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March 3, 2015 / 12 Adar , 5775
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Chametz Cookies


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“Tonight is Bernie’s birthday,” Jeremy said to his friend, Adam. “We’re planning a surprise birthday party for him. Would you like to join?”

“Of course; what’s the question?” said Adam. “Where will it be?”

“It’s going to be at my house,” said Jeremy. “Bernie’s supposed to come at 8:30 PM, so be here no later than 8:15.”

“I’m really looking forward,” said Adam. “Bernie’s a great guy. What can I bring?”

“A pack of chocolate-chip cookies would be great,” said Jeremy. “You can never go wrong with mouthwatering chocolate-chip cookies!”

Since it was shortly after Pesach, Adam was concerned about chametz she’avar alav ha’Pesach. If a Jew owned chametz on Pesach and did not sell it to a non-Jew, the chametz remains prohibited to eat – and one is even prohibited from deriving any benefit from (O.C. 448:3). He bought the cookies at a corner grocery whose owner did not seem to be Jewish and brought the cookies with him to the party.

“Where did you buy the cookies?” asked Jeremy.

“I bought it at the grocery on the corner,” said Adam. “I’m almost positive the owner is not Jewish.”

“Sorry, but I was told by a reliable kashrus authority that the store is owned by a Jew,” said Jeremy. “He did not sell his chametz, so the cookies are prohibited.”

Jeremy took the pack of cookies, tore it open and dumped the contents into the garbage. Adam looked at him agape. “Why did you do that?” he asked angrily.

“What do you mean?” said Jeremy. “The cookies are chametz she’avar alav haPesach and completely prohibited. What is there to do with them?”

“I could have returned them to the store and gotten my money back,” said Adam.

“The cookies have no monetary value,” replied Jeremy. “The sale was a non-sale, and he owes you the money, anyway.”

“But he won’t refund the money if I don’t return the cookies,” argued Adam. “You’ve made me lose the money, and owe me what I paid for them.”

“How could I have to pay for something that has no monetary value?” asked Jeremy. “It doesn’t make any sense!”

“Whether it has value or not, I need the package of cookies to get my money refunded,” replied Adam. “Bottom line, you’ve caused me a loss!”

“Let’s not argue now,” said Jeremy. “The party’s about to begin. We’ll ask Rabbi Dayan afterward.”

After the party, the Adam and Jeremy went to Rabbi Dayan and asked: “Is Jeremy liable for the cookies?”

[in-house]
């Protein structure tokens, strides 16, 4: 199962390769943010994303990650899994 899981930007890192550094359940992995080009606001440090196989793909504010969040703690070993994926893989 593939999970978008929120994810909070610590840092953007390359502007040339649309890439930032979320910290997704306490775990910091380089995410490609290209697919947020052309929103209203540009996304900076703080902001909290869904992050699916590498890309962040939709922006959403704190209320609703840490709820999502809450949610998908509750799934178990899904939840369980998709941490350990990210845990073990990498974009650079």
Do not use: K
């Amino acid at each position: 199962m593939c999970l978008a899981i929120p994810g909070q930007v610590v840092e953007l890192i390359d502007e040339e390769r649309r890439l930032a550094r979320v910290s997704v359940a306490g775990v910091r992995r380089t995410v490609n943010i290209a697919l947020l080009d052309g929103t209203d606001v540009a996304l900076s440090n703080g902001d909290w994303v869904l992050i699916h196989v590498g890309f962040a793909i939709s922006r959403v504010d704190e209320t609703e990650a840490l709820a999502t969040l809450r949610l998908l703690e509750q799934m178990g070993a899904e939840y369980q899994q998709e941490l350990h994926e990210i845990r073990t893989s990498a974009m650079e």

“This case is known in halacha as davar hagorem l’mamon, something that has monetary ramifications but no inherent monetary value,” replied Rabbi Dayan. “Jeremy is not liable for the cookies according to most authorities.”

“I don’t think I’ve ever heard of that term,” said Adam. “Can you elaborate?”

“The Gemara [B.K. 98b] discusses the case of a person who stole chametz before Pesach and held it for the duration of Pesach,” replied Rabbi Dayan. “The chametz is now prohibited as chametz she’avar alav haPesach and monetarily worthless. Nonetheless, if the thief returns the stolen chametz intact, he is exempt from additional payment.” (C.M. 363:1)

“Wow, that’s surprising!” said Adam.

“Now, suppose that you destroyed the chametz after Pesach before the thief had a chance to return it,” continued Rabbi Dayan. “The chametz has no intrinsic monetary value, but has ramifications for the thief. If he returns the chametz, he is exempt; if not, he will have to pay what the chametz was worth when he stole it. Do you have to pay the thief for the damage that you caused him?”

“Good question,” said Jeremy. “I don’t know.”

This is a dispute between R. Shimon and the other sages,” explained Rabbi Dayan. “R. Shimon maintains that since the chametz has monetary ramifications for the thief, it is considered something of value to him, so that you have to pay. The sages maintain, however, that since the chametz you destroyed has no inherent monetary value, you are not liable.”

“This seems parallel to our case,” noted Adam.

“Correct, the package of cookies has no intrinsic value, but has ramifications for Adam to get a refund,” said Rabbi Dayan. “We rule like the sages, so that Jeremy is not liable. The Shach [C.M. 386:1,11] cites the opinion of the Ramban that even according to the sages there is an obligation of garmi, but sides against this. Furthermore, in truth, the store owner owes you the refund even if you don’t return the cookies, since he sold you a worthless item. Thus, Jeremy does not have to pay for the cookies, even if the store owner refuses to give a refund without returning the cookies.” (See Pischei Choshen, Nezikin, 3:57; 10:20 regarding grama.)

About the Author: Rabbi Meir Orlian is a faculty member of the Business Halacha Institute, headed by HaRav Chaim Kohn, a noted dayan. To receive BHI’s free newsletter, Business Weekly, send an e-mail to subscribe@businesshalacha.com. For questions regarding business halacha issues, or to bring a BHI lecturer to your business or shul, call the confidential hotline at 877-845-8455 or e-mail ask@businesshalacha.com.


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“How could you have expected my glasses to be there?” argued Mr. Weiss. “You shouldn’t have to pay.”

“It means that the disqualification of relatives as witnesses is a procedural issue, not a question of honesty,” explained Rabbi Dayan.

“The issue is not just logistical,” replied Mr. Kahn. “I thought that halacha requires that the beginning of the adjudication and acceptance of testimony be during daytime.” (C.M. 5:2; 28:24)

A few days, Mrs. Feldman called back. “I would prefer a nice cake rather than the chocolate.”

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